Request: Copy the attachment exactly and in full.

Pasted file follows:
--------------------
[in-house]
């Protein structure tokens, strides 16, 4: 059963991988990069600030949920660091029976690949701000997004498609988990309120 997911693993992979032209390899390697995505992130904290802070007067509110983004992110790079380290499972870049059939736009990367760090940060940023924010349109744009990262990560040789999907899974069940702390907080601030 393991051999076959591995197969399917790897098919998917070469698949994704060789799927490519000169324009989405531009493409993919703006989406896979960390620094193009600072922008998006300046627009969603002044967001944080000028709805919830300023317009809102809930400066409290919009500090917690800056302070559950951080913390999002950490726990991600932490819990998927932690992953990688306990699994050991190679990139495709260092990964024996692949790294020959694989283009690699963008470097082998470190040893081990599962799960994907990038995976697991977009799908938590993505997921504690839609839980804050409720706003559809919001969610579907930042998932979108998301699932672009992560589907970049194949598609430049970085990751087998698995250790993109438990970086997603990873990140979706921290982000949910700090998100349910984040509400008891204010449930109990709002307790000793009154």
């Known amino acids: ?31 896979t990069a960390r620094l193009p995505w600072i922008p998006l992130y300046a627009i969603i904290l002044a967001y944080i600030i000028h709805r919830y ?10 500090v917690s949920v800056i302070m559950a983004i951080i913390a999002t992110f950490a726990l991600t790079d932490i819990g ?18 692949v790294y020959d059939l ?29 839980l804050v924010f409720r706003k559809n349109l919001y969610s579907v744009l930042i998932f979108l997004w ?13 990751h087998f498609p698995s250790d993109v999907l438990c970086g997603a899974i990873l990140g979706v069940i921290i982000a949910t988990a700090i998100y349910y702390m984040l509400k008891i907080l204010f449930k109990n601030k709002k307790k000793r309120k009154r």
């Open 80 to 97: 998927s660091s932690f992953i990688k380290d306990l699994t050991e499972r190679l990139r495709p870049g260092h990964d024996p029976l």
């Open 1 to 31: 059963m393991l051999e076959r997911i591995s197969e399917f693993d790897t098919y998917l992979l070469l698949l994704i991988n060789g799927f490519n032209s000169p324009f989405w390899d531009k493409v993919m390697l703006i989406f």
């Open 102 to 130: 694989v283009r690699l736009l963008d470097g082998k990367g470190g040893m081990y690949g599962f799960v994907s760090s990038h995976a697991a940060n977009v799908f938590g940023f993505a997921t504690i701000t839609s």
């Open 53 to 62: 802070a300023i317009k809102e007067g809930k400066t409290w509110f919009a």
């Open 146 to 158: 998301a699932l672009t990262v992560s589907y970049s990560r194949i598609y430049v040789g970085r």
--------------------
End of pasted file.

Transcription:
[in-house]
């Protein structure tokens, strides 16, 4: 059963991988990069600030949920660091029976690949701000997004498609988990309120 997911693993992979032209390899390697995505992130904290802070007067509110983004992110790079380290499972870049059939736009990367760090940060940023924010349109744009990262990560040789999907899974069940702390907080601030 393991051999076959591995197969399917790897098919998917070469698949994704060789799927490519000169324009989405531009493409993919703006989406896979960390620094193009600072922008998006300046627009969603002044967001944080000028709805919830300023317009809102809930400066409290919009500090917690800056302070559950951080913390999002950490726990991600932490819990998927932690992953990688306990699994050991190679990139495709260092990964024996692949790294020959694989283009690699963008470097082998470190040893081990599962799960994907990038995976697991977009799908938590993505997921504690839609839980804050409720706003559809919001969610579907930042998932979108998301699932672009992560589907970049194949598609430049970085990751087998698995250790993109438990970086997603990873990140979706921290982000949910700090998100349910984040509400008891204010449930109990709002307790000793009154």
């Known amino acids: ?31 896979t990069a960390r620094l193009p995505w600072i922008p998006l992130y300046a627009i969603i904290l002044a967001y944080i600030i000028h709805r919830y ?10 500090v917690s949920v800056i302070m559950a983004i951080i913390a999002t992110f950490a726990l991600t790079d932490i819990g ?18 692949v790294y020959d059939l ?29 839980l804050v924010f409720r706003k559809n349109l919001y969610s579907v744009l930042i998932f979108l997004w ?13 990751h087998f498609p698995s250790d993109v999907l438990c970086g997603a899974i990873l990140g979706v069940i921290i982000a949910t988990a700090i998100y349910y702390m984040l509400k008891i907080l204010f449930k109990n601030k709002k307790k000793r309120k009154r």
């Open 80 to 97: 998927s660091s932690f992953i990688k380290d306990l699994t050991e499972r190679l990139r495709p870049g260092h990964d024996p029976l």
């Open 1 to 31: 059963m393991l051999e076959r997911i591995s197969e399917f693993d790897t098919y998917l992979l070469l698949l994704i991988n060789g799927f490519n032209s000169p324009f989405w390899d531009k493409v993919m390697l703006i989406f």
């Open 102 to 130: 694989v283009r690699l736009l963008d470097g082998k990367g470190g040893m081990y690949g599962f799960v994907s760090s990038h995976a697991a940060n977009v799908f938590g940023f993505a997921t504690i701000t839609s």
């Open 53 to 62: 802070a300023i317009k809102e007067g809930k400066t409290w509110f919009a």
């Open 146 to 158: 998301a699932l672009t990262v992560s589907y970049s990560r194949i598609y430049v040789g970085r």